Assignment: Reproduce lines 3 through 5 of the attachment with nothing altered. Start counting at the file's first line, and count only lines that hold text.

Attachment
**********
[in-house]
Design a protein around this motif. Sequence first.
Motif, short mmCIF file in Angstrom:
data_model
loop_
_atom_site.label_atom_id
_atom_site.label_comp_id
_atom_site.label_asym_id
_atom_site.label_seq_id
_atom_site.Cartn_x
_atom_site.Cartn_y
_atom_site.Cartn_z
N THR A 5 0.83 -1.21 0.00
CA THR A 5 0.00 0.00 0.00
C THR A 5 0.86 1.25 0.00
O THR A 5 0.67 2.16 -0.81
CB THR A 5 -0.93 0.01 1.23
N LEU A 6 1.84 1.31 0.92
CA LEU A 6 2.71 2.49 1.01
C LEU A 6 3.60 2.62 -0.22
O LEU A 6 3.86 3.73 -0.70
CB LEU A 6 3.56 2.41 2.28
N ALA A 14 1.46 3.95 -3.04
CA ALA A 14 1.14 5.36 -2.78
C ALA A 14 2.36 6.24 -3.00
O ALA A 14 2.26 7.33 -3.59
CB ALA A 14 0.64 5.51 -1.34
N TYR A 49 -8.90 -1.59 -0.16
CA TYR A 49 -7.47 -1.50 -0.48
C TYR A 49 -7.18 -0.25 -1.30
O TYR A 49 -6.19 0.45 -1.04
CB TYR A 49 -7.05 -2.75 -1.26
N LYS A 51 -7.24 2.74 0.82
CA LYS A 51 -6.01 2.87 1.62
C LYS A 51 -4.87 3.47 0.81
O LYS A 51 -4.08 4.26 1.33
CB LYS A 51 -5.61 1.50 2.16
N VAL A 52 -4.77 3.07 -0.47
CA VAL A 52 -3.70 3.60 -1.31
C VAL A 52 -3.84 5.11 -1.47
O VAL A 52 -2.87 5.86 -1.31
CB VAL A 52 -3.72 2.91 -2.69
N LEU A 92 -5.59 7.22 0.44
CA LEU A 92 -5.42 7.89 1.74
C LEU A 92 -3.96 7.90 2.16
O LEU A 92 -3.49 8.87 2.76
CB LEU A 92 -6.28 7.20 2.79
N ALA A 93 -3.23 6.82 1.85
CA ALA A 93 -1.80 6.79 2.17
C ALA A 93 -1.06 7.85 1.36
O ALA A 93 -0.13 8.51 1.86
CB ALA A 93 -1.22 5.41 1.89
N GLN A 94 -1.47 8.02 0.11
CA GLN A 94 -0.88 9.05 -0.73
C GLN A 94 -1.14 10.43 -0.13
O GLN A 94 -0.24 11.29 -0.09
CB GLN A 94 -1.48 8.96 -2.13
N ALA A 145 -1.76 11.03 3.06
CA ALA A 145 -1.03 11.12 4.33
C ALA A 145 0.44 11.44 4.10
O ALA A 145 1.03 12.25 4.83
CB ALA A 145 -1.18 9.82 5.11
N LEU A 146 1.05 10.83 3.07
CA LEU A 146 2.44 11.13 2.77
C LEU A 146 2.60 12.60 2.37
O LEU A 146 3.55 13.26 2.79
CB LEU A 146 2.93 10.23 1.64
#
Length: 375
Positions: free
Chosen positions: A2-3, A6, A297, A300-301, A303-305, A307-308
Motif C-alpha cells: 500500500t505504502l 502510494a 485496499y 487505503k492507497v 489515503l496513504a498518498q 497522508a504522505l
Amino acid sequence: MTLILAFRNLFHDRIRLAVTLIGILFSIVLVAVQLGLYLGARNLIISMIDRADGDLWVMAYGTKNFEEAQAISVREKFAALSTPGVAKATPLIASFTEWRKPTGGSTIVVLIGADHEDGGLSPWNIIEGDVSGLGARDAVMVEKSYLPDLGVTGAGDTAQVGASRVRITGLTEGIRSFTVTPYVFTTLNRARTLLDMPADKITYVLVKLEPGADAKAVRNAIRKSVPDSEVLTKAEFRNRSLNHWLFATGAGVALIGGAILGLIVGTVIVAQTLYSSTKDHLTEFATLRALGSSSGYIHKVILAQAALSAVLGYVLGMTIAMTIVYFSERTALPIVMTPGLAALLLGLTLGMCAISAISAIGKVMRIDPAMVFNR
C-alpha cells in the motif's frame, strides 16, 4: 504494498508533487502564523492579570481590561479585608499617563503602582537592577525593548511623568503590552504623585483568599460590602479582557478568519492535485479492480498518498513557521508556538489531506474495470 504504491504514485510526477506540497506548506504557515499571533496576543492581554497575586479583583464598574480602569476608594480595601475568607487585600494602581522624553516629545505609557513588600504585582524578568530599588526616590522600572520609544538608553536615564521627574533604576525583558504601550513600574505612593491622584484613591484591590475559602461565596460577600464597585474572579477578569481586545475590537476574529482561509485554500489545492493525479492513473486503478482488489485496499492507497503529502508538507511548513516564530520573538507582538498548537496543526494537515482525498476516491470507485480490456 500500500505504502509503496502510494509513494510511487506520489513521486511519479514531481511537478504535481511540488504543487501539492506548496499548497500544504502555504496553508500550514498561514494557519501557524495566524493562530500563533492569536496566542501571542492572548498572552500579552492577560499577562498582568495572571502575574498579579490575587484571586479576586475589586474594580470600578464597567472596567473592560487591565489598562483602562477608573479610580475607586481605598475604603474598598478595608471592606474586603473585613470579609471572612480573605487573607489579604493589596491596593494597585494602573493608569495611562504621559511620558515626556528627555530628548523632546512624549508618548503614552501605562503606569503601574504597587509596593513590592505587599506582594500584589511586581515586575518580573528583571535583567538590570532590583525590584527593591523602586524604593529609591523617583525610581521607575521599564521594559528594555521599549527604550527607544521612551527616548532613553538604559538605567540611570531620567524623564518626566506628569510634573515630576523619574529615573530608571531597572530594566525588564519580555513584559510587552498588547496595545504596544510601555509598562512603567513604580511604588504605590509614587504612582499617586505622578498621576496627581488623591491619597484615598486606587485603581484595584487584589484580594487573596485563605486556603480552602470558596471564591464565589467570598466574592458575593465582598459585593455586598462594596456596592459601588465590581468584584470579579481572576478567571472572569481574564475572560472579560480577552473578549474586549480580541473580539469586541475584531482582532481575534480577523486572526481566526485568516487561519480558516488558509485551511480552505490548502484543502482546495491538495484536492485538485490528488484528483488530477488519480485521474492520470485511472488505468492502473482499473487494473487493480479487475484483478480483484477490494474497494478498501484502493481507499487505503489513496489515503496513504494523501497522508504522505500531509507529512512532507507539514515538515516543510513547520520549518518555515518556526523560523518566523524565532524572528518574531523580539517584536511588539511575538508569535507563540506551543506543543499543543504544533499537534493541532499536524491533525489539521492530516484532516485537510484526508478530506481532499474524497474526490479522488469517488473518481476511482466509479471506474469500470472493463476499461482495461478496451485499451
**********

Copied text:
Motif, short mmCIF file in Angstrom:
data_model
loop_